(Reuters) - Ukraine has spurned a new alliance with its western neighbors, suspending a trade pact with the European Union and reviving talks on a deal instead with Russia, its old Soviet master.
However, a highly indebted country of 46 million people stricken by corruption and unpredictable politics could have proven a costly and difficult burden for the EU.
Here are some facts about Ukraine's economy and its trade and energy relationship with Russia and Europe:
* Ukraine, with its rich mineral resources, large land mass bordering four EU member states and annual output of more than $300 billion, is an attractive trading partner to both Moscow and Brussels. However, Ukraine's government has heavy financing needs in the coming 18 months and must find more than $17 billion next year to meet gas bills and debt repayments.
* Including the private sector, Ukraine faces debt repayments of more than $60 billion, or a third of the country's gross domestic product (GDP), in the coming year, central bank data showed.
* Ukraine's sovereign debt yield premium to U.S. Treasuries stands at 923 basis points, the highest in the world after Venezuela. This prices the risk of default.
Investors' fears are reflected by the fact that debt maturing next year carries higher yields than longer-dated debt.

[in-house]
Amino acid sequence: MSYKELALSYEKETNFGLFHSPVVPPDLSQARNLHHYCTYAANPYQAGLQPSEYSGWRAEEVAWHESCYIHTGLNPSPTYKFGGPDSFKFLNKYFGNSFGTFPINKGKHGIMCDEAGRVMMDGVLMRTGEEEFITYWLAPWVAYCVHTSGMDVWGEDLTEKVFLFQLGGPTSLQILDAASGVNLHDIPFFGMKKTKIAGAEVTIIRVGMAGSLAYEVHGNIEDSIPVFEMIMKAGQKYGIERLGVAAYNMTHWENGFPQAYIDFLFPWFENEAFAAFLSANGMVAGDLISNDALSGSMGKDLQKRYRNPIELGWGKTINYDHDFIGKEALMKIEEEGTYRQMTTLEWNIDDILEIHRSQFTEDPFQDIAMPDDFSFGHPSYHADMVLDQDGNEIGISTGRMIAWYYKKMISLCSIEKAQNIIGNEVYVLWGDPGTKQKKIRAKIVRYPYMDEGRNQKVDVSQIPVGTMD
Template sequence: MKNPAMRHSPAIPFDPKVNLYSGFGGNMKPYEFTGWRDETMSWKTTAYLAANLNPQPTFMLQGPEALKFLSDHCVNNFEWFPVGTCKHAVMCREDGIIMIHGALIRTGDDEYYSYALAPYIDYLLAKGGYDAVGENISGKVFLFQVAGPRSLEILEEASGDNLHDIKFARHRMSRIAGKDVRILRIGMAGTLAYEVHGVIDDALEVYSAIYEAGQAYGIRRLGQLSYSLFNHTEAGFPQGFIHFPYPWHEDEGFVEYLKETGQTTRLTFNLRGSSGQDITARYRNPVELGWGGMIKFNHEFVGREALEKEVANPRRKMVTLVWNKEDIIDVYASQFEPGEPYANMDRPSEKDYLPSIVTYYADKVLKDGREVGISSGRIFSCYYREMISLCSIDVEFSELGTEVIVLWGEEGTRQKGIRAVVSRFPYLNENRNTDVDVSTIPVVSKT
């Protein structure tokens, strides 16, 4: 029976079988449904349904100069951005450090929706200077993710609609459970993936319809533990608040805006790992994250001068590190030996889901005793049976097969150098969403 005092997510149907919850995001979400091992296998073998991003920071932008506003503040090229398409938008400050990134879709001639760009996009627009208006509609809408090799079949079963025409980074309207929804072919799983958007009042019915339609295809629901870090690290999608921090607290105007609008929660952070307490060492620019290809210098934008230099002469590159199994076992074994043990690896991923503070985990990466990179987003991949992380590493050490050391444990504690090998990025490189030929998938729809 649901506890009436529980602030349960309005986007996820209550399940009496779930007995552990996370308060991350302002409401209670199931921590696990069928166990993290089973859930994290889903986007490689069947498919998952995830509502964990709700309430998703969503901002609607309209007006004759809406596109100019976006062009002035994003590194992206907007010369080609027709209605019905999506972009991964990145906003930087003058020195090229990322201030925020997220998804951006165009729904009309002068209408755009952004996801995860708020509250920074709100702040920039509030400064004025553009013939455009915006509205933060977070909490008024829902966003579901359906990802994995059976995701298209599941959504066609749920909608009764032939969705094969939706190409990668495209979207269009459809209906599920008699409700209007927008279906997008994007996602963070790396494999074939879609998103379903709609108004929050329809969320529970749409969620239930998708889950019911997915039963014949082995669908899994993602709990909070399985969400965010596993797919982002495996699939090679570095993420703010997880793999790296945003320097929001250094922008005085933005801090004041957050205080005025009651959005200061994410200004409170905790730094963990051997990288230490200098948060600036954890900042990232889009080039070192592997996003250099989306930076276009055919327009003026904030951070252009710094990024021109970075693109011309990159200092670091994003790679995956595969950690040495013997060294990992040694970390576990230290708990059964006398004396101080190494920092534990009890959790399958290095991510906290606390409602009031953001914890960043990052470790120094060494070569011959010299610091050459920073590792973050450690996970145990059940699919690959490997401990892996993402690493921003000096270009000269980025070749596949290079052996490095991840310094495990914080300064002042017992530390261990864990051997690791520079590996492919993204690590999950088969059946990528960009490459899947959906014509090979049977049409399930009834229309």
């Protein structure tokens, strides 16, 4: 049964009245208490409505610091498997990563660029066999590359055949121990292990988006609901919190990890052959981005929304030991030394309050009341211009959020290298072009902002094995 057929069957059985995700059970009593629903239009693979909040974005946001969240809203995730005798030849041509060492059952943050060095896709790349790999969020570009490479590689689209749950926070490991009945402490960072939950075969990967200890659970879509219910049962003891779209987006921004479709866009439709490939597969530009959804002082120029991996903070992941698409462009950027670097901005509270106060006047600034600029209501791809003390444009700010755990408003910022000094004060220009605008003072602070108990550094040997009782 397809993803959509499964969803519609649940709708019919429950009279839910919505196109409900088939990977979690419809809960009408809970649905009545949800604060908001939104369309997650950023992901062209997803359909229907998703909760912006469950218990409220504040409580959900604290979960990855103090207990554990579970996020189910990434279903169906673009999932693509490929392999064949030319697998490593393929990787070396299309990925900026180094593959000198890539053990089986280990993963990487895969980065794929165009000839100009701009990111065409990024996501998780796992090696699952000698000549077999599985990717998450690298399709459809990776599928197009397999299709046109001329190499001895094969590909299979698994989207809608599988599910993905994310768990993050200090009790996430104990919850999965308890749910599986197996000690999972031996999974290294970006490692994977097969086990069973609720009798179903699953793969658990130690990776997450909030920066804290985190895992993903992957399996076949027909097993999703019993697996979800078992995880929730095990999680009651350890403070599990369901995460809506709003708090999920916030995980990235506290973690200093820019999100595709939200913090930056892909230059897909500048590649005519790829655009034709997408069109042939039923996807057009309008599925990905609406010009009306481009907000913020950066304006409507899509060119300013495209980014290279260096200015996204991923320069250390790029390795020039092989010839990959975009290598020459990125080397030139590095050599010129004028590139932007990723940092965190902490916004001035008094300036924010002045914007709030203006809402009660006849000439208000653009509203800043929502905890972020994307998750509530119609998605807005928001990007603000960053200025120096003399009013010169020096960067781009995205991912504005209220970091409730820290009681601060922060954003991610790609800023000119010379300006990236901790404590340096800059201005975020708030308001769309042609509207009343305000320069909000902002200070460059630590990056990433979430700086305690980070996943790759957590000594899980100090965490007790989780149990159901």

* Ukraine imports nearly all its gas from Russia and is also the major transit route for Russian gas to the European Union. The EU depends on Russia for roughly a quarter of its gas, about half of which passes through Ukraine.
* Russia has sought to reduce its dependence on Ukraine as a transit nation, while the EU is seeking alternative sources of gas supply. Russian gas giant Gazprom has built the Nord Stream pipeline into Germany, bypassing Ukraine, and is now working on South Stream, which would export Russian gas into southern and eastern Europe, again avoiding Ukraine.
* Compared with January 2009, when gas was cut off to some EU customers, the EU is much better protected against disruptions. EU law now requires states to keep gas in storage.
* Ukraine's economy relies on exports of steel, chemicals and grain. More than 60 percent of its exports go to the former Soviet market, with Russia, Belarus and Kazakhstan the most important.
* However, Ukrainian big business sees greater prosperity in Europe and until this week Kiev had resisted joining Russia's new customs union, which already comprises several other former Soviet republics.
Joining the Moscow-led customs union would be incompatible with a free-trade deal with the EU because no country can be a member of two separate trade blocs.
* The 28-nation EU, which buys about a third of Ukraine's exports, negotiated a free-trade deal with Kiev between 2008 and 2012. But this never came into force because the EU set Ukraine three "benchmarks" to meet before signing the accord.
These included putting an end to "selective justice", symbolized by the imprisonment of former prime minister Yulia Tymoshenko.
(Reporting by Robin Emmott and Barbara Lewis in Brussels and Sujata Rao in London, editing by Gareth Jones)